X. J. Kennedy reads

The Battle of Finnsburh: a fragment

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…”Are this hall’s gables burning?”
Then King Hnaef answered,      though callow in battle,
“That glow is not dawn,      nor a dragon in flight,
nor are this hall’s horns,       its high gables burning.
It’s our foes in bright armor       preparing attack
Birds shall scream, gray wolf howl,      and war’s wooden spears rattle,
shield shall stand up to shaft.      Now behold:  the moon shines
as it wanders through coulds.      Deadly deeds are to follow
from this host who hate us.      Hard struggle impends,
Awake!  Take up linden-wood shields,      my good soldiers!
Now muster your bravery,      gird up your minds
to be dauntless today      at the forefront of battle.”
Then up rose those thanes clad in gold,      strapped on sword-belts.
great Eaha and Sigeferth      strode to the door
with drawn swords, to the other door      Ordlaf and Guthlaf
did spring, and with Hengest      himself close behind.

At the sight of their foes      Guthere pled with Garulf,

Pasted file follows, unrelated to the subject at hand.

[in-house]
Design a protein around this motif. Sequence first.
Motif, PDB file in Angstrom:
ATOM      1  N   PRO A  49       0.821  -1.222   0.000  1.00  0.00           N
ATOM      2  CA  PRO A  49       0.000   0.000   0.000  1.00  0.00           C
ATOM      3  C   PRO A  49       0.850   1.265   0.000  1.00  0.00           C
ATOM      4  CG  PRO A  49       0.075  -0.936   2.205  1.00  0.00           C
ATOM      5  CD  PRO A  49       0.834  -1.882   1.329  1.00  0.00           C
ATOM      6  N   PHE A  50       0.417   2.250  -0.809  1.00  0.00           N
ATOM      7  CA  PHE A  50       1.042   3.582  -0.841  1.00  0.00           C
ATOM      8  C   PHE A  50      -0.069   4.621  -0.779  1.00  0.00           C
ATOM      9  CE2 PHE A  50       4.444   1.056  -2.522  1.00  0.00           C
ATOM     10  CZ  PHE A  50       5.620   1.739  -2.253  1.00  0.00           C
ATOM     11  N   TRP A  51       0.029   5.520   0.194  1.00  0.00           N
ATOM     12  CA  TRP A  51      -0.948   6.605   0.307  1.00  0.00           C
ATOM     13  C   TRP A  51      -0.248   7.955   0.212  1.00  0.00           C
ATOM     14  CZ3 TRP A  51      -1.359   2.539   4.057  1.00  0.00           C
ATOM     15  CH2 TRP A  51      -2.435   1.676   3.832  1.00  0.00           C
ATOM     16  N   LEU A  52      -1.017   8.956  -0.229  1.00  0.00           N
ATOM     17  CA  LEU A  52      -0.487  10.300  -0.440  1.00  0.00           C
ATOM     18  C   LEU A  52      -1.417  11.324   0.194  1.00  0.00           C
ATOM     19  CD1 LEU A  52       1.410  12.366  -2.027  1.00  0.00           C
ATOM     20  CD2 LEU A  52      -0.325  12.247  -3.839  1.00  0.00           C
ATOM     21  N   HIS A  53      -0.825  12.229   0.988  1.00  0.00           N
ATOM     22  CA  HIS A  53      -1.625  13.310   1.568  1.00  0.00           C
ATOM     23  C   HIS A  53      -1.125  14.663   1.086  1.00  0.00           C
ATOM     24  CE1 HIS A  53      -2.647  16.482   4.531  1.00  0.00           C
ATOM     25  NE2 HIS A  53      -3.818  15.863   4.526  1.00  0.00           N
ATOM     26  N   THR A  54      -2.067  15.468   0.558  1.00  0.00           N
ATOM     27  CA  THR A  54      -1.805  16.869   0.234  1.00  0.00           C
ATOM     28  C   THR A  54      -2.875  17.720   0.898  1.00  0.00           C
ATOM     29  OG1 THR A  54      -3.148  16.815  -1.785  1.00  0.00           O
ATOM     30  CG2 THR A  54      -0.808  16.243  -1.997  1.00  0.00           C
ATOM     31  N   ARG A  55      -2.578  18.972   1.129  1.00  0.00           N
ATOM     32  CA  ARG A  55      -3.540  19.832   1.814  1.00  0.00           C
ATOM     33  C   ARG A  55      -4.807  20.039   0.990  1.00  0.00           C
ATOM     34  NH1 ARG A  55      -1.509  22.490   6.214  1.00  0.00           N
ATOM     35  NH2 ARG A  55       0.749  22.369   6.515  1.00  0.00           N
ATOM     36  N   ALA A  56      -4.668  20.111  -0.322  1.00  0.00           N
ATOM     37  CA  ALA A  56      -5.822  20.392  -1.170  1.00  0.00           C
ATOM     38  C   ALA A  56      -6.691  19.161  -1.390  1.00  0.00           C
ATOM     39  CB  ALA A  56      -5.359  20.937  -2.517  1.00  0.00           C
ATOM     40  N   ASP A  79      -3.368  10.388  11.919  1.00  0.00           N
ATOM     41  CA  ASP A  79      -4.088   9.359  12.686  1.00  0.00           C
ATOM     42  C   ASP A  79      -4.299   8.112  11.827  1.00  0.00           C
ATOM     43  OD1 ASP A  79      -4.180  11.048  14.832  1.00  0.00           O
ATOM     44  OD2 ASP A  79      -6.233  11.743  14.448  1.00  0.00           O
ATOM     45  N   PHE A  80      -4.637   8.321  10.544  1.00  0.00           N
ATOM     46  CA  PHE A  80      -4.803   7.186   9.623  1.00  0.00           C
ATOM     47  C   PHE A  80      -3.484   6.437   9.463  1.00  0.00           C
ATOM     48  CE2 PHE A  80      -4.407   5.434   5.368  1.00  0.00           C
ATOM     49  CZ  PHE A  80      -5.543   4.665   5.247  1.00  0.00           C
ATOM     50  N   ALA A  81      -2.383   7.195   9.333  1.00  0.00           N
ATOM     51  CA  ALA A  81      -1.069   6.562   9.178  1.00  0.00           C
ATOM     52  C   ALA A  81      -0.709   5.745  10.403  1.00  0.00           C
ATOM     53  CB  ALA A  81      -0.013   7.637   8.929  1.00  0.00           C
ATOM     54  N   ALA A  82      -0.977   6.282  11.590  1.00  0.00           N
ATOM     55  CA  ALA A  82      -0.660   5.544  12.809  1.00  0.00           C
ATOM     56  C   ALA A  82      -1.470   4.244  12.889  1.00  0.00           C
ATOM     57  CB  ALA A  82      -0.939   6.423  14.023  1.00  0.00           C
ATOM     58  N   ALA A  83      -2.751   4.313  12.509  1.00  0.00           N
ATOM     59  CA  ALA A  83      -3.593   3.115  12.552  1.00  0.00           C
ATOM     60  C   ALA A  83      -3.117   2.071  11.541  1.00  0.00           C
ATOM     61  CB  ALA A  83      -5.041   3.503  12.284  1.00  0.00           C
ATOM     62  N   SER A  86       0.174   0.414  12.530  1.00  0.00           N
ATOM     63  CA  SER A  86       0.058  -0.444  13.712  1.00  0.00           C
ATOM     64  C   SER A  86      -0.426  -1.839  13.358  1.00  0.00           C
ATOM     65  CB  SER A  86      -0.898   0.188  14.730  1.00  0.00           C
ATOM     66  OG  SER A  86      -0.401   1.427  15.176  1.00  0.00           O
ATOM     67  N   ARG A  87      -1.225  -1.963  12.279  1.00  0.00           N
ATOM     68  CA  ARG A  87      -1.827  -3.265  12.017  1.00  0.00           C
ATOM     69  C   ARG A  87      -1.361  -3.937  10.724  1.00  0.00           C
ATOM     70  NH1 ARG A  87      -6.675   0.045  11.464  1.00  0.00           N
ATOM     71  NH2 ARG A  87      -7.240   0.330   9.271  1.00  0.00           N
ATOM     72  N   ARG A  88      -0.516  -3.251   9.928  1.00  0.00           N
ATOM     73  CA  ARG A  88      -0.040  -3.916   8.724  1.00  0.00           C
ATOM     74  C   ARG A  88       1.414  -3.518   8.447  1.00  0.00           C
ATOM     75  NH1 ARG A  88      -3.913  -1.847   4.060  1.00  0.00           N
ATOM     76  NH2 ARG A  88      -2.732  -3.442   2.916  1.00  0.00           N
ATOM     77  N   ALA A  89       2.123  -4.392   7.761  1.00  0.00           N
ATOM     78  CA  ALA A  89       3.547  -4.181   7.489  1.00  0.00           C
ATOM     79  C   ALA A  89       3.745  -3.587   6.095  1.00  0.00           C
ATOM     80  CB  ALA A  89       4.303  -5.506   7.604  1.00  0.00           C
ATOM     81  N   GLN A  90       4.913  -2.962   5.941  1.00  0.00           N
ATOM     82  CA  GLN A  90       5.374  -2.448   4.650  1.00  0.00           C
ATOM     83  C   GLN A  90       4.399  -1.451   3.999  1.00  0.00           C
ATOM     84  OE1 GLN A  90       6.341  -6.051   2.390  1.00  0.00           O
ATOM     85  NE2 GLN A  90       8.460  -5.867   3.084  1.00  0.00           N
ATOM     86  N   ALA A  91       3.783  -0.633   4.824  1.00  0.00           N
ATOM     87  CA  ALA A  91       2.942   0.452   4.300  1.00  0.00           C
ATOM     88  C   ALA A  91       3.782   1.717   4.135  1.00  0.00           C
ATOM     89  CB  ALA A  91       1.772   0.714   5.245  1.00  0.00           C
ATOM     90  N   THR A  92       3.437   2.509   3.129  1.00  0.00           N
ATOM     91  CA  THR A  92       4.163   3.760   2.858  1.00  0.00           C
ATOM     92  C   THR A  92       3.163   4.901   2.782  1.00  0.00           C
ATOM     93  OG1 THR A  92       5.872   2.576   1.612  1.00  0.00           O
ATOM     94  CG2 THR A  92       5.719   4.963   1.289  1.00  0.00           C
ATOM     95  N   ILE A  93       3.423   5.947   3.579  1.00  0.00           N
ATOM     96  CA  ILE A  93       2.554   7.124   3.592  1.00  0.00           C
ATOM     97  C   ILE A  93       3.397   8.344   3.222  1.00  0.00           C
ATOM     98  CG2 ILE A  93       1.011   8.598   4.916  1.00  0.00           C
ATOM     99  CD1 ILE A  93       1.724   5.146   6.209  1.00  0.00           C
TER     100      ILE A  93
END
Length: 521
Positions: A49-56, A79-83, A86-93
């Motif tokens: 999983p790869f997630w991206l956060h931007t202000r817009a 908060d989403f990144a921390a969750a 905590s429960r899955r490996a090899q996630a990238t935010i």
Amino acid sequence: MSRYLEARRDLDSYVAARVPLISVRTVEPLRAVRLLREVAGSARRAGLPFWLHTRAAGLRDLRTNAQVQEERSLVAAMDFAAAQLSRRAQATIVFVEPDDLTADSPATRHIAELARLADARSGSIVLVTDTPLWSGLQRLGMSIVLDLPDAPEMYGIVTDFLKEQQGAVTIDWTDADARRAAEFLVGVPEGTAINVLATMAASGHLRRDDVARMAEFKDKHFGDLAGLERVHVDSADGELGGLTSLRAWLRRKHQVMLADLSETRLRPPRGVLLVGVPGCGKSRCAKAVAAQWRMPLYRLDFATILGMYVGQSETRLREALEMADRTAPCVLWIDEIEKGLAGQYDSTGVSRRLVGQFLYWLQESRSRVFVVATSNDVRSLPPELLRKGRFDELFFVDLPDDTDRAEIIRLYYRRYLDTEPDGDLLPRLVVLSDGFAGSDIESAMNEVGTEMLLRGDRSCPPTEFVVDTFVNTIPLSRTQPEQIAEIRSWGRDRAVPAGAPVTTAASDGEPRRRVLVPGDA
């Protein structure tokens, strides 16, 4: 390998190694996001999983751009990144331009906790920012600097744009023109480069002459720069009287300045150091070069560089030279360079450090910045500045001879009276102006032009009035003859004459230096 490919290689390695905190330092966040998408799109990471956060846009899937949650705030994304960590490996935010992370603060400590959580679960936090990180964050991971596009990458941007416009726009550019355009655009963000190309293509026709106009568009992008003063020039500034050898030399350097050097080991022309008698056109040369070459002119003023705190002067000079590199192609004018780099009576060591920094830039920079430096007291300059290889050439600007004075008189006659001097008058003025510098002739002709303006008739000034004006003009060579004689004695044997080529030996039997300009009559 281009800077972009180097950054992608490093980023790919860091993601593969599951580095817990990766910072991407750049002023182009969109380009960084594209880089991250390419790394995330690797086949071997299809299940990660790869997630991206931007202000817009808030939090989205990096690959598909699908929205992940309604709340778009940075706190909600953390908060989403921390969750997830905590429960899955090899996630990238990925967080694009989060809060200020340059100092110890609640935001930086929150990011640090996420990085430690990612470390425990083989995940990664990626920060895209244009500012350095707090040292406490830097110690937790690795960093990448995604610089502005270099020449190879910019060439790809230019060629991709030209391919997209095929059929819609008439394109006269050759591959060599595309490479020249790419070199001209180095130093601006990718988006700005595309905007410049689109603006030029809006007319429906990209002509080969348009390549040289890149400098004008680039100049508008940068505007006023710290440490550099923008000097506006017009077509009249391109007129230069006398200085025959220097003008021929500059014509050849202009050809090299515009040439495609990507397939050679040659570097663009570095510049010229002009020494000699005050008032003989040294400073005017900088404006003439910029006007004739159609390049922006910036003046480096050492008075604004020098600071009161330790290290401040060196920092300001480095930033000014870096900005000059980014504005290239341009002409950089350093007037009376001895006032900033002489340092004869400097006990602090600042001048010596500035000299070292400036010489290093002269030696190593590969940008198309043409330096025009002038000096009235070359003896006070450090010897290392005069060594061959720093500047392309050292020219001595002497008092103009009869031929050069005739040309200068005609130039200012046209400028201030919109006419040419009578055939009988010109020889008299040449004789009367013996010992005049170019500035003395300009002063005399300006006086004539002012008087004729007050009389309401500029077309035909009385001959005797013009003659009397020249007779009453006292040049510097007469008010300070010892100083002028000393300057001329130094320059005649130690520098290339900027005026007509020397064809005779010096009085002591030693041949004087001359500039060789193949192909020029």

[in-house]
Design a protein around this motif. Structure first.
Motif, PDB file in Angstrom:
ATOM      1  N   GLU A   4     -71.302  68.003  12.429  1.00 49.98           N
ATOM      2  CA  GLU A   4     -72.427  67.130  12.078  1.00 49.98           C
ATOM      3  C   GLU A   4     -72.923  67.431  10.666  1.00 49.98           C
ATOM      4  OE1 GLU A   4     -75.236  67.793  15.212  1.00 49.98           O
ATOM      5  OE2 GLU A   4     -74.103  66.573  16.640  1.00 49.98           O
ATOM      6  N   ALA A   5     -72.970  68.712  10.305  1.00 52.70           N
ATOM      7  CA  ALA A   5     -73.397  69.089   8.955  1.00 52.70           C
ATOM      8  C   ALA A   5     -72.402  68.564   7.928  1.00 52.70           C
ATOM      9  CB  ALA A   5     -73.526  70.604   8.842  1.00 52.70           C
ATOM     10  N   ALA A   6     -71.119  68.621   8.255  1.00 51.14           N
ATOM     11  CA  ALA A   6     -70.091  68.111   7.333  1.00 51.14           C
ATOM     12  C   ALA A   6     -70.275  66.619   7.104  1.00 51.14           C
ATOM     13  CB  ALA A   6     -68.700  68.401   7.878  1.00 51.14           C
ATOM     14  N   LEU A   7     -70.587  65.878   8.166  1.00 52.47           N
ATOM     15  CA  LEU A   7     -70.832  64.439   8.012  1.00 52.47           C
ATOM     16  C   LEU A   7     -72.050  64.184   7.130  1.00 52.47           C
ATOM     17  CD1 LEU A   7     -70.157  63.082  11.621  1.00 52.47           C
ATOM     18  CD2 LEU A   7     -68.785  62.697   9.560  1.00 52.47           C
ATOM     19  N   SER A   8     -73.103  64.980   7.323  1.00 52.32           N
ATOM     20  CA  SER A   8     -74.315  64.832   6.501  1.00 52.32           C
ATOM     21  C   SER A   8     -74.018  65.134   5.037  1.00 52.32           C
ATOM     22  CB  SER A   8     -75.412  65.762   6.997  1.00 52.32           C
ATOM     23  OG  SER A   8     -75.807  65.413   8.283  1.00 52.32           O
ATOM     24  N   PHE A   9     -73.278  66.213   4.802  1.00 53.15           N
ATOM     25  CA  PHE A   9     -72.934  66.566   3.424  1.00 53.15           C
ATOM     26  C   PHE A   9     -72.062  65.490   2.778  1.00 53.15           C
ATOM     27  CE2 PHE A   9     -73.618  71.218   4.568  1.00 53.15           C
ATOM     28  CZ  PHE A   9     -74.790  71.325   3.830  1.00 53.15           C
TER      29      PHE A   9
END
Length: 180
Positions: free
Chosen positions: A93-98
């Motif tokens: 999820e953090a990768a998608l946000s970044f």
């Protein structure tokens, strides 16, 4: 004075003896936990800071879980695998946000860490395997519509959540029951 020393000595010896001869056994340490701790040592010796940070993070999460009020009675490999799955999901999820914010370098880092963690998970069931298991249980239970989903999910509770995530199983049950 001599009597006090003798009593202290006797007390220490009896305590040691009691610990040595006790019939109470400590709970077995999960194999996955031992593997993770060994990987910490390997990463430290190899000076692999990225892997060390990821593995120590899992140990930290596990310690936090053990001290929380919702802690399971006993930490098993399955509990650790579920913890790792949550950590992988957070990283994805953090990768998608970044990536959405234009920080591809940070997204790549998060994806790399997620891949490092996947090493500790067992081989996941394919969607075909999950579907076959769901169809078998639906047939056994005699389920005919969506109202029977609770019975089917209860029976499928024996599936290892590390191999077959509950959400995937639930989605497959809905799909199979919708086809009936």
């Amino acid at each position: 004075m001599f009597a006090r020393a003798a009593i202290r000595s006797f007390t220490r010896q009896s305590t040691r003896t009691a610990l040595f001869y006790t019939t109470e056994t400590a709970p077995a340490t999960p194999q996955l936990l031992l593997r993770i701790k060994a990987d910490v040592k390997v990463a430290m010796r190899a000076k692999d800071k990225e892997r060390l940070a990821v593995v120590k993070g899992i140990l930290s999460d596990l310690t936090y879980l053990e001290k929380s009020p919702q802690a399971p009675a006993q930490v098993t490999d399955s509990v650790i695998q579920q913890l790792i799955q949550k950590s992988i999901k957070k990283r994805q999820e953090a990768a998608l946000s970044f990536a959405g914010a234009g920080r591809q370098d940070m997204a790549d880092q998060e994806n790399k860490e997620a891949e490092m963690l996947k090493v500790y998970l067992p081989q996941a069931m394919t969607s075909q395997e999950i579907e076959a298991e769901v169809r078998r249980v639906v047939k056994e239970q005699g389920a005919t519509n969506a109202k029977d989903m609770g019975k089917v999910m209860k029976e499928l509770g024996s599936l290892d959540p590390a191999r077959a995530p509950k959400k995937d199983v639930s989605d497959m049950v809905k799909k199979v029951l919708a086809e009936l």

“Do not rush to the fore      in the very first onslaught
on the doors of the hall      at the cost of your life,
from which powerful Sigeferth      means to undo you.”
Yet Garulf the gallant      to the hall-holders boldly
called out his demand,      “What man holds the door?”
“I am Sigeferth,” said he,      “a prince of the Secgan,
a wandering warrior      known the world wide
for my many fierce combats.      Your fate now awaits you,
my hand shall deliver      whatever you want.”
Then in the hall burst      clash and clatter of battle,
with shields shaped like ships      that a warrior wields.
The sound of swords clanging      shook planks in the floor.
Then at the door Garulf      was first man to fall,
Garulf, son of Guthlaf,      the foremost of Frisians
died surrounded by good men      while dark overheard
you would think from their flash      Finnsburh were all aflame.
I have never heard tell      of warriors more worthy
than that band sixty strong      who so bravely bore
war’s brunt, nor of any      who so well repaid
those cups of sweet mead      Hnaef gave to his guards.
For five days they fought,      not a man of them toppled
but fearless, united,      held fast at the doors.
Then one warrior, wounded,      withdrew to the sidelines,
his armor in tatters,      breastplate split apart,
his helmet impaled.      And the folk’s stout defender
asked that weary warrior      how the wounded fared
and which of the young men…

Listen to John HIll read “The Battle of Finnsburh” 
in its original Old English
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